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The online whistleblower WikiLeaks pushed for openness in leaking classified military documents last month, but the site works hard to keep its own secrets, particularly the sources of its funding.
The Wall Street Journal reports that WikLeaks has set up an elaborate global "system for collecting and disbursing its donations to obscure their origin and use."
Founder Julian Assange (pictured) told the newspaper the secrecy is necessary because WikiLeaks fears its financial infrastructure could be targeted by governments and corporations upset with the site's leaks.
WikiLeaks has already been sued by a number of parties, including a Swiss bank that alleged the site had published stolen bank documents. The bank eventually withdrew its suit.
"It's very hard work to run an organization, let alone one that's constantly being spied upon and sued," Assange told the Journal. "Judicial decisions can have an effect on an organization's operation . . . We can't have our cash flow constrained entirely."
Assange said WikiLeaks has raised about $1 million this year, mostly through donations through a foundation in Germany. The foundation is protected under German law, which says it can't publicly disclose the names of donors.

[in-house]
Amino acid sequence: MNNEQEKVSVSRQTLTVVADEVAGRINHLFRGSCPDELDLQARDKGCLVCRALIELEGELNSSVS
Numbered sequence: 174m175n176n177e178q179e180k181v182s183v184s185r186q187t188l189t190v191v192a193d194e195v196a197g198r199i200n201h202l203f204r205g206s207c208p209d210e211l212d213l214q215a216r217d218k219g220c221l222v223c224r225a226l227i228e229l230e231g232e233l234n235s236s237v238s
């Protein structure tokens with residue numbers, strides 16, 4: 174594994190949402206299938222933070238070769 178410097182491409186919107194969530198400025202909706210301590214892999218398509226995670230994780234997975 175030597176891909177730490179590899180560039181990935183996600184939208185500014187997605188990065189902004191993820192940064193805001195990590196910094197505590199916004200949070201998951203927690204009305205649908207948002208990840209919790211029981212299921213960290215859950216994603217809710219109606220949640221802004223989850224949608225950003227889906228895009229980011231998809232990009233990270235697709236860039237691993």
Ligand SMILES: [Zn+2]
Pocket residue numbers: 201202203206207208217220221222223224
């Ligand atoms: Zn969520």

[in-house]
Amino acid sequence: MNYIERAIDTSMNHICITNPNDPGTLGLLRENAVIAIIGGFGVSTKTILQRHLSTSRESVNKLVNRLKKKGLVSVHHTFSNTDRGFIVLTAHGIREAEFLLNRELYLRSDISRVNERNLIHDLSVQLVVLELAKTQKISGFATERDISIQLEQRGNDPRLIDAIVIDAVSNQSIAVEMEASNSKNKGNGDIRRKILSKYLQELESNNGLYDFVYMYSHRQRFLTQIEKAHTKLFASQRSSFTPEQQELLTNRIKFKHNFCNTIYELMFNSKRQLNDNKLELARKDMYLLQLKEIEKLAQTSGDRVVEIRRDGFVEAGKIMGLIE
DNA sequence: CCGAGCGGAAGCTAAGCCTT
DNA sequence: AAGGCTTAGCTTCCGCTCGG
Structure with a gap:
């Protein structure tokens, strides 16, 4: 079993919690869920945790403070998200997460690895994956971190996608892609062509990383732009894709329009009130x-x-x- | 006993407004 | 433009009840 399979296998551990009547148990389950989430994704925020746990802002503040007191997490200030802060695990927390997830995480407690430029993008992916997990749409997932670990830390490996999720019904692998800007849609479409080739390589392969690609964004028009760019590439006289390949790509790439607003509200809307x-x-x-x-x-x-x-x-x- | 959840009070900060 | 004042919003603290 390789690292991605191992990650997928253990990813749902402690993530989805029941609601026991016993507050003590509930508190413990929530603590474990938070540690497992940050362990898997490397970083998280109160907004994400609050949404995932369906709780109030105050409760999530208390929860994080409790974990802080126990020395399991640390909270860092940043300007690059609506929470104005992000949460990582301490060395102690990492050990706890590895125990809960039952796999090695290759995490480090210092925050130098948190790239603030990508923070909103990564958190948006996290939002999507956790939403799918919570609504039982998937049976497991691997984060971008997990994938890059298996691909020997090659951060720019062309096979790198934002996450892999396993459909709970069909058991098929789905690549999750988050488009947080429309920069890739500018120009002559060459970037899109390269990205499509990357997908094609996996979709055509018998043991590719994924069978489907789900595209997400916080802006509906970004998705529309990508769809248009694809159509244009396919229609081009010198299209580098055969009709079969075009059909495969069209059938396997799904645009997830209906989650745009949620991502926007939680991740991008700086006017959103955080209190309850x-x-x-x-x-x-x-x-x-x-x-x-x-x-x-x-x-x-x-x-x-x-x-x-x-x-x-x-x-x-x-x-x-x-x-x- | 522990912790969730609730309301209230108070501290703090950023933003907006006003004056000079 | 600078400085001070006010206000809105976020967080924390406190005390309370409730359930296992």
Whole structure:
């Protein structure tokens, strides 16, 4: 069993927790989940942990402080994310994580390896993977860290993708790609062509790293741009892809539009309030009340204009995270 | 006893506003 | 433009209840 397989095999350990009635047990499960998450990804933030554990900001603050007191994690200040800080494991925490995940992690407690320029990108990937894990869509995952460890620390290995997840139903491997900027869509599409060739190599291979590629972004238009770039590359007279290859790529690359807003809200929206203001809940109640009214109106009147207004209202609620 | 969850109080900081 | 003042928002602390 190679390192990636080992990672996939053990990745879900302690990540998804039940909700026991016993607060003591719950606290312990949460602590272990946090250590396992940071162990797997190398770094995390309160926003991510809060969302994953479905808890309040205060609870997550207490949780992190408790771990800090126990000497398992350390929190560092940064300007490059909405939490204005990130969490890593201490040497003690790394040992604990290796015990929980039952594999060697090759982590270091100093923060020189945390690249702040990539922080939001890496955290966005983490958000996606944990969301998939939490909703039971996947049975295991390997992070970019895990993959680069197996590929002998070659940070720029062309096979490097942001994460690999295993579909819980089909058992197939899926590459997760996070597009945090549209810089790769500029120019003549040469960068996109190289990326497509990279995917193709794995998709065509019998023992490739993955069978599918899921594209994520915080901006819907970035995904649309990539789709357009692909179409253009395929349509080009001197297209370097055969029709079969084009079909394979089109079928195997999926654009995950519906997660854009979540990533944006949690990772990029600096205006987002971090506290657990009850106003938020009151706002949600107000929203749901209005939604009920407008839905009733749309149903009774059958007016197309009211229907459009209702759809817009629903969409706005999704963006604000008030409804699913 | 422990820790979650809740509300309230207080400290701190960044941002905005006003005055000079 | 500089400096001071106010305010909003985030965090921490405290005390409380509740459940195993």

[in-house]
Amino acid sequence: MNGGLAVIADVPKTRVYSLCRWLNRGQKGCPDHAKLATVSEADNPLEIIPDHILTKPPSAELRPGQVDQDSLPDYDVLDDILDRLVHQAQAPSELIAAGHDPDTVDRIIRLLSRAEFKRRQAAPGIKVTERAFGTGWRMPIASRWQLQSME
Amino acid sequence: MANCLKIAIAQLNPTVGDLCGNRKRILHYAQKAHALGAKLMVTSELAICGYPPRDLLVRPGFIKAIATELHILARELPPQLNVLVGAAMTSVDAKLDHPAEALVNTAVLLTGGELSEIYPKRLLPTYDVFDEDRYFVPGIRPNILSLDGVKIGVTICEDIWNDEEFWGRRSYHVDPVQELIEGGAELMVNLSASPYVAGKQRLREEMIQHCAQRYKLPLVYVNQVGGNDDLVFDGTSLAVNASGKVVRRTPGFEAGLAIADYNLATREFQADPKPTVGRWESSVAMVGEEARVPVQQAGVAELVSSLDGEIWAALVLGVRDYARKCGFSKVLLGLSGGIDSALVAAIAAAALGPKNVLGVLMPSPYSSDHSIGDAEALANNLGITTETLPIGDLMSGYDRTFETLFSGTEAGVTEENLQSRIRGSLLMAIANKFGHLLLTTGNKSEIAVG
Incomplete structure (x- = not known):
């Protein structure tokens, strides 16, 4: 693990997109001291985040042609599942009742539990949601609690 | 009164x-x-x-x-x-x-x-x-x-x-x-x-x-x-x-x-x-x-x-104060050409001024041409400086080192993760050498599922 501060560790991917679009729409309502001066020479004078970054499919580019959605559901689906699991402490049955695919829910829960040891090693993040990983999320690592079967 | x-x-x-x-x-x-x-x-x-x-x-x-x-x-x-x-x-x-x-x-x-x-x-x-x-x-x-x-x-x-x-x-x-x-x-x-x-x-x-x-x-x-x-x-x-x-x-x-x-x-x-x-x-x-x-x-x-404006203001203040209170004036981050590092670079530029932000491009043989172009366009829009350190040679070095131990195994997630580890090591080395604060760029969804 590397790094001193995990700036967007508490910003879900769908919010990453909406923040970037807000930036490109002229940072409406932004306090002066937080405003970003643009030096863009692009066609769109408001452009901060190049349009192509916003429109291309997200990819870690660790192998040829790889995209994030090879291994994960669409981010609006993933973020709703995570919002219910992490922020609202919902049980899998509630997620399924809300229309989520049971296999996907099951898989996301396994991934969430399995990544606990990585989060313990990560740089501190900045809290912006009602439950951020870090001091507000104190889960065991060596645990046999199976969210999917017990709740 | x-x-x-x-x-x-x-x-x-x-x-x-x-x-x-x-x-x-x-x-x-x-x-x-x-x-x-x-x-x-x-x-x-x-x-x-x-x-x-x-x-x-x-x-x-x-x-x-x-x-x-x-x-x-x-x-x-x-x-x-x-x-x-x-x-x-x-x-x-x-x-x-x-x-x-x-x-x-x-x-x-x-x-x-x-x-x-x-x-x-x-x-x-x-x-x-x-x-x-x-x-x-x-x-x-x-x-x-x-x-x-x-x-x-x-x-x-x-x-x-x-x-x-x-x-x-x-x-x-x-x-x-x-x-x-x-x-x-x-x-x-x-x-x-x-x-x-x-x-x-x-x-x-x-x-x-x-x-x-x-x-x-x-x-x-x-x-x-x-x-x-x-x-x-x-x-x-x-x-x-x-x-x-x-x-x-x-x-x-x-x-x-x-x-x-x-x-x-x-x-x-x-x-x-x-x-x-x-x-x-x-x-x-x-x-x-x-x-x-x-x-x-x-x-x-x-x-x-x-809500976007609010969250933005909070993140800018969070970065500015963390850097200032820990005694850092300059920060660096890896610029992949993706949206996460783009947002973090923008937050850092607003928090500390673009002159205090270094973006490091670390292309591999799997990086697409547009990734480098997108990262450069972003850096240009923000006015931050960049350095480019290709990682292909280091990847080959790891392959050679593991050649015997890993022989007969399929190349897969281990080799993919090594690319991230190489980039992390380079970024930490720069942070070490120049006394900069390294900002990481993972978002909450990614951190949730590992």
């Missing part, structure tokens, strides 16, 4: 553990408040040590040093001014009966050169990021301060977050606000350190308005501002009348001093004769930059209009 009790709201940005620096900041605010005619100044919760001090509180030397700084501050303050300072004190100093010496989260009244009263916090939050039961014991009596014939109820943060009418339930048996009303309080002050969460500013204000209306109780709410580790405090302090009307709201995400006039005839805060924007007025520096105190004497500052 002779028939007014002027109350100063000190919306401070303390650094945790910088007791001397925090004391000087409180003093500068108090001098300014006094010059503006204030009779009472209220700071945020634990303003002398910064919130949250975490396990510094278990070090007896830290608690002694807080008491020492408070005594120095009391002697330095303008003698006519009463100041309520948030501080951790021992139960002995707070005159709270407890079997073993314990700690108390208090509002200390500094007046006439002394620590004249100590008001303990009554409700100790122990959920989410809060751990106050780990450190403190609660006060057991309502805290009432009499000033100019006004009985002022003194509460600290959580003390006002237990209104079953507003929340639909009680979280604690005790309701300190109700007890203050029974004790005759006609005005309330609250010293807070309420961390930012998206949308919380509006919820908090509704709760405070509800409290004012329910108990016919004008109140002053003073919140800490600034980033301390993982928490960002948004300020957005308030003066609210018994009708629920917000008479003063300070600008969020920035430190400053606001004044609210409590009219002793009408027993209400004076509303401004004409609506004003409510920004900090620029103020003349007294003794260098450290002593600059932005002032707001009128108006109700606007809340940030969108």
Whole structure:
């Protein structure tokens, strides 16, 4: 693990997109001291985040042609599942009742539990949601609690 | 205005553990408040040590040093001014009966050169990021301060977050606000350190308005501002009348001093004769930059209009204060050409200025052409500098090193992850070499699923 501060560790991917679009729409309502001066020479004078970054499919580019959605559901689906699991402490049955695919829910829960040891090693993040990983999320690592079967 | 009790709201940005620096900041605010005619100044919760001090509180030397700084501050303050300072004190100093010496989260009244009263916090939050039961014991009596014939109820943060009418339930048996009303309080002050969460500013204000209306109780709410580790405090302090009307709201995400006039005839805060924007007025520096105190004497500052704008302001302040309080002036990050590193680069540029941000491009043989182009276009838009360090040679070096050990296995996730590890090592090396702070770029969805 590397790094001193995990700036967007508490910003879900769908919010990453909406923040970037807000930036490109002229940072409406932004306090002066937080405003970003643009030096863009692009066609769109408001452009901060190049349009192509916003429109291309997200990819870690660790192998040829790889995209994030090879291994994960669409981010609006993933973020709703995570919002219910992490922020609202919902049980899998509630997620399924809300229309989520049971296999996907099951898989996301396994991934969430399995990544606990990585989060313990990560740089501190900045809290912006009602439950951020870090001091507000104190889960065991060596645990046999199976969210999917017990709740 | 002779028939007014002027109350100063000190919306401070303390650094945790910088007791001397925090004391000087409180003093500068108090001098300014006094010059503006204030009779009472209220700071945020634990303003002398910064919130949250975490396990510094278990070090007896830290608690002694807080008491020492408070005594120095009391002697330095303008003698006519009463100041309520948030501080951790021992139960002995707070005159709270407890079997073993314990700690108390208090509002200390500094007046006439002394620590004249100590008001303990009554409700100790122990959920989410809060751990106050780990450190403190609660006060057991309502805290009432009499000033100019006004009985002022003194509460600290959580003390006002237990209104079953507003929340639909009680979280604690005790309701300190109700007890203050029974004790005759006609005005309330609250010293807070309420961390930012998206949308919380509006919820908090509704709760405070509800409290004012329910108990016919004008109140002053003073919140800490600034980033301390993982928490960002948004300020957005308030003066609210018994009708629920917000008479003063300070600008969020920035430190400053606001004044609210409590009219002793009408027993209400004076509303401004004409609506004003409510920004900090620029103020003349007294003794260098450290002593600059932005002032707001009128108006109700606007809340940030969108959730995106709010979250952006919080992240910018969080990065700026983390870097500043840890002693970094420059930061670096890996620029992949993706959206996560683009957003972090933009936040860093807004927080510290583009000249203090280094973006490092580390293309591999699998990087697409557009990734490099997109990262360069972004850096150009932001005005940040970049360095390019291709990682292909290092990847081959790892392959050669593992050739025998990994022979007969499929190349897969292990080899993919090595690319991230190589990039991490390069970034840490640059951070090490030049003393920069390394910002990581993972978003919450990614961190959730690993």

WikiLeaks takes advantage of similar protective laws in various countries, Assange said.
"We're registered as a library in Australia, we're registered as a foundation in France, we're registered as a newspaper in Sweden," Assange said.
WikiLeaks has two tax-exempt charitable organizations in the United States, known as 501C3s, that "act as a front" for the Web site, he told the Journal.
In July, WikiLeaks made headlines when it posted about 76,000 Afghanistan war documents, mostly raw intelligence reports. The site would not say who the leaker was. The White House condemned the document dump and military officials said the posting of the names of Afghans who have helped allied forces could jeopardize their safety.
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